Mel Gibson – 5 Reasons We Should Have Known
January 16, 2012 7 Comments
Mel Gibson’s anti-Semitic tirade is back in the news, because the cop who reported it is suing his bosses:
Mee, who is Jewish, filed the suit in September 2010, claiming that he was overlooked for six to seven other posts after complaining to his bosses that the Oscar-winning star received preferential treatment from deputies.
He also alleges that his bosses ordered him to remove parts of his report about Gibson’s arrest, “effectively participating in covering up the anti-Semitic posture of Mr Gibson,” said his lawyers.
I’m of the opinion that there must be other cover-ups. Surely the anti-Semitic and anti-woman rants that we know about are not the only ones. In fact, when it comes to his misogyny, all one needed in order to see that Mel Gibson had issues was to examine his movie choices. Why else would he seem to get off on being in so many movies where his wife, girlfriend, or special-someone gets killed, raped, or raped-then-killed?
It’s been a while, but let’s stroll down memory lane, past all the dead bodies, and count some of them up.
1. Mad Max: The Original.
Jessie (Joanne Samuel) can be forgiven for not knowing what happens to women in Mel Gibson movies, as it was only 1979.
2. Lethal Weapon: The Buddy Picture.
In Lethal Weapon (1987), Martin Riggs’ crazed behavior is due to the death of his wife. Wallow! Wallow in it, Mel! The world is out to get you! In the sequel, we will learn that the world was out to get him, and that her death was actually a murder attempt on Riggs.
3. Lethal Weapon II: The Sequel.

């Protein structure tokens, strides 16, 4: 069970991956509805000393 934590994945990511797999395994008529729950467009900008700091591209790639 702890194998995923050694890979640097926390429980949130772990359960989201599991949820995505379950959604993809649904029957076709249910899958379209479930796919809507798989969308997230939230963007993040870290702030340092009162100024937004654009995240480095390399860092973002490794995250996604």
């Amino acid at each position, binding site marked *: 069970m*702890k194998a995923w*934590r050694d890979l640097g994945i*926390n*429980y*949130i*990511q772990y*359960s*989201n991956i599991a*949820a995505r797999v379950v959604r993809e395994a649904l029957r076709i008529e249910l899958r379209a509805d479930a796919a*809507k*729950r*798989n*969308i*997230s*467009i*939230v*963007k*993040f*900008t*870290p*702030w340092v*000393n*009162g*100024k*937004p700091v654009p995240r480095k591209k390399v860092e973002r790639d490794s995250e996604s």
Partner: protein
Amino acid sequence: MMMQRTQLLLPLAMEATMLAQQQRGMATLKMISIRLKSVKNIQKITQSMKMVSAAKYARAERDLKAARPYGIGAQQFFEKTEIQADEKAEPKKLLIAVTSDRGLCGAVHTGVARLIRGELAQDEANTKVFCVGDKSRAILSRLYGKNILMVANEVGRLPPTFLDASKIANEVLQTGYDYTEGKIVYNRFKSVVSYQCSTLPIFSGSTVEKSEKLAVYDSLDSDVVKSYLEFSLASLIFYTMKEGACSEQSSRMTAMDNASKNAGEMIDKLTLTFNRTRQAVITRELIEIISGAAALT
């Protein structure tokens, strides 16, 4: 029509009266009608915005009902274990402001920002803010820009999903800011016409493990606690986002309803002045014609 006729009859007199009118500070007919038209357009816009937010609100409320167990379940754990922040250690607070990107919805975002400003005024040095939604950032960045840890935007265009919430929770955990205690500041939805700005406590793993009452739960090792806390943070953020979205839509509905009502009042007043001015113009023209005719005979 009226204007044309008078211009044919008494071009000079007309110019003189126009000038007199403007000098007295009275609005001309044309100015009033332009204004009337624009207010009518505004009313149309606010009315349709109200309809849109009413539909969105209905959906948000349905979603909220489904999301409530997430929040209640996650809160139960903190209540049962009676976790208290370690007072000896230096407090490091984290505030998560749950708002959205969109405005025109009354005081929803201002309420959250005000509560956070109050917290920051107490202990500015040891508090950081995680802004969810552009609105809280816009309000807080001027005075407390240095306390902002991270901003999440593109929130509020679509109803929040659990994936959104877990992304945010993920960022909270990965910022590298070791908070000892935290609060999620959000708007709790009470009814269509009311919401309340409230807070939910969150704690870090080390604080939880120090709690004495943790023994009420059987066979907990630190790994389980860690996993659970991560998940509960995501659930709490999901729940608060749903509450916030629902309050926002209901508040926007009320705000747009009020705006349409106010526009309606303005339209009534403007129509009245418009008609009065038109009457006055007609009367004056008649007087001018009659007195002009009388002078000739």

Two years later, in Lethal Weapon II, the bad guys target Rigg’s new girl. Darn it, why must all the bad things happen to Mel? The poor man! Oh, and the girl drowns.
4. Hamlet: The Attempt at Art.
Critics wondered why Gibson chose in 1990 to star in a film based on a William Shakespeare play, given that Gibson’s action lacks subtlety, nuance, depth…or am I being too kind? The answer, of course, was that Hamlet had a girlfriend who went crazy and killed herself, which is just the sort of thing to make Gibson feel all good and sorry for himself. Oh, and the girl drowns.
5. Braveheart: The Ultimate Epic.
In 1995, Mel Gibson got to double down. No, not by both directing and starring in the film, but by having his movie wife both raped and killed.
Look, I understand that acting is acting, and I think it’s a good thing to use art in order to explore the darker aspects of life. I just thought there was some sort of weird obsession on Gibson’s part with inflicting suffering on women and then casting himself as the victim. It happened a little too often, and then it spilled out into the open.
What women want?